C[harles] S[prague] Sargent
ARNOLD ARBORETUM, HARWARD UNIVERSITY,Jamaica plain, Mass, December 27, 1898.My dear Muir:Your letter which I got two or three days ago sounded a little sad I think. I am not surprised, however, that a man who would rush through Texas, New Mexico and Arizona without stopping even for a day to look at some of the most interesting trees in the world should be a little dejected. It is pretty evident that you cannot be trusted to travel alone and that in future I shall have to be your constant companion.I pass my time now thinking about [illegible] and hear of or see a new species nearly every day. It looks like a hopeless or at least an endless job; but what perhaps is more difficult is to get the flowers of that Birch-tree which grows at the head of the Lynn Canal. How is this to be managed?This week, I hope, the twelfth volume of The Silva will be on its way to you and will tell you what little I know about your favorite Spruces, Hemlocks, etc. This is the time, it seems to me, for you to get out that review of the book for Page while the memory of the eastern trees is fresh in your mind, for the review I think ought to be more of a talk about the trees of the country than about the book which attempts to describe them. Here is an opportunity to do a tip-02521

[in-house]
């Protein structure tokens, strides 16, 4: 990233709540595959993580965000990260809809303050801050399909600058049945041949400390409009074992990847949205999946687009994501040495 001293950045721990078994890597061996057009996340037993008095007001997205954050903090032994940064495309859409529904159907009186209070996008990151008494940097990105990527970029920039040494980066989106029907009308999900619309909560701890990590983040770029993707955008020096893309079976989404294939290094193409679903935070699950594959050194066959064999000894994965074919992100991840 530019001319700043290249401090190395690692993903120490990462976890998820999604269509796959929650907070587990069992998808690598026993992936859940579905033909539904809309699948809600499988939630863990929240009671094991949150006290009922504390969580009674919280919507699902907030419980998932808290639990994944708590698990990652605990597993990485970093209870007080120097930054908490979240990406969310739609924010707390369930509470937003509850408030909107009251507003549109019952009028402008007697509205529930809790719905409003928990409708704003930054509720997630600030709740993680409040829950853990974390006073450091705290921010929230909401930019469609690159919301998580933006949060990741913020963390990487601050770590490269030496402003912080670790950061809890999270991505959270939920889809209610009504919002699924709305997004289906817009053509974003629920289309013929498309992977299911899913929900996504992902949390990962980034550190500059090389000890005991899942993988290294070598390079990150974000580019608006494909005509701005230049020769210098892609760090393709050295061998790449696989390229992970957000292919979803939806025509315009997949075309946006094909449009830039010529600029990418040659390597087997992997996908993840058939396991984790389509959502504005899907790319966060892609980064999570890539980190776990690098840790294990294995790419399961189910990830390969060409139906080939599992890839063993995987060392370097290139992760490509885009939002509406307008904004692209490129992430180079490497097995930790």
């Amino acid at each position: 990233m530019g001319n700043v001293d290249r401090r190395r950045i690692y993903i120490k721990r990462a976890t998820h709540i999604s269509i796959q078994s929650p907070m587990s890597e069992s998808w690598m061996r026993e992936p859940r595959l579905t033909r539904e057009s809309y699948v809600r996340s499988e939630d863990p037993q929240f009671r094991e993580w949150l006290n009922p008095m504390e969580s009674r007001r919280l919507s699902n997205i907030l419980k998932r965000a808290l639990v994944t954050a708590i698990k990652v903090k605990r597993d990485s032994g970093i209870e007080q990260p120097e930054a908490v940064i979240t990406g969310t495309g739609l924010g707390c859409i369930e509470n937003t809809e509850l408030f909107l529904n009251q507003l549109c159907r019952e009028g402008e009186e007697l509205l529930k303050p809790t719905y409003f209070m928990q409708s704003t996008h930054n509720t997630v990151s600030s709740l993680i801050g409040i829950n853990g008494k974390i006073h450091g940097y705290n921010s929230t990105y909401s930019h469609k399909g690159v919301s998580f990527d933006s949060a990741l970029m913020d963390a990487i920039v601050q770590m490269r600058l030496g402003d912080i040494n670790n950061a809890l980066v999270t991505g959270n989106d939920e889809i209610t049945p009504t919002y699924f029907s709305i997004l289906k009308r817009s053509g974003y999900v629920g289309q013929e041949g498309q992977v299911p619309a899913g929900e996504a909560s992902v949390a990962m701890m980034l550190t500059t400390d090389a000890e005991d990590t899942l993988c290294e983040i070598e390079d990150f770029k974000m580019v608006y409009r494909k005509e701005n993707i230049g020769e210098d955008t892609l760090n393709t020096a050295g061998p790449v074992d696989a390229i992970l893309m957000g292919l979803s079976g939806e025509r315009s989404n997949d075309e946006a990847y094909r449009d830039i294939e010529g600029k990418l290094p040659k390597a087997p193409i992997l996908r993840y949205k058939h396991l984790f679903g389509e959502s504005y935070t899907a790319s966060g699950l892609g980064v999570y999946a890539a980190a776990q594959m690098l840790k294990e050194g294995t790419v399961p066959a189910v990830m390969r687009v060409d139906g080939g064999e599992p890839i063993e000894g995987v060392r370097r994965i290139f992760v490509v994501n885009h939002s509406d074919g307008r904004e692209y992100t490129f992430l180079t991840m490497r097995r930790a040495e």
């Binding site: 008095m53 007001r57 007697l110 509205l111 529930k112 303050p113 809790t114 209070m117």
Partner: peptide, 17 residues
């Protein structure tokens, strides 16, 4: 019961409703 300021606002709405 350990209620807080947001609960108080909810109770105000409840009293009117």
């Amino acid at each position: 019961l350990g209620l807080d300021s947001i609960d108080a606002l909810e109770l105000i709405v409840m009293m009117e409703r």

Jamaica Plain, Mass.
Original letter dimensions: 26 x 20.5 cm.
Reel 10, Image 0569
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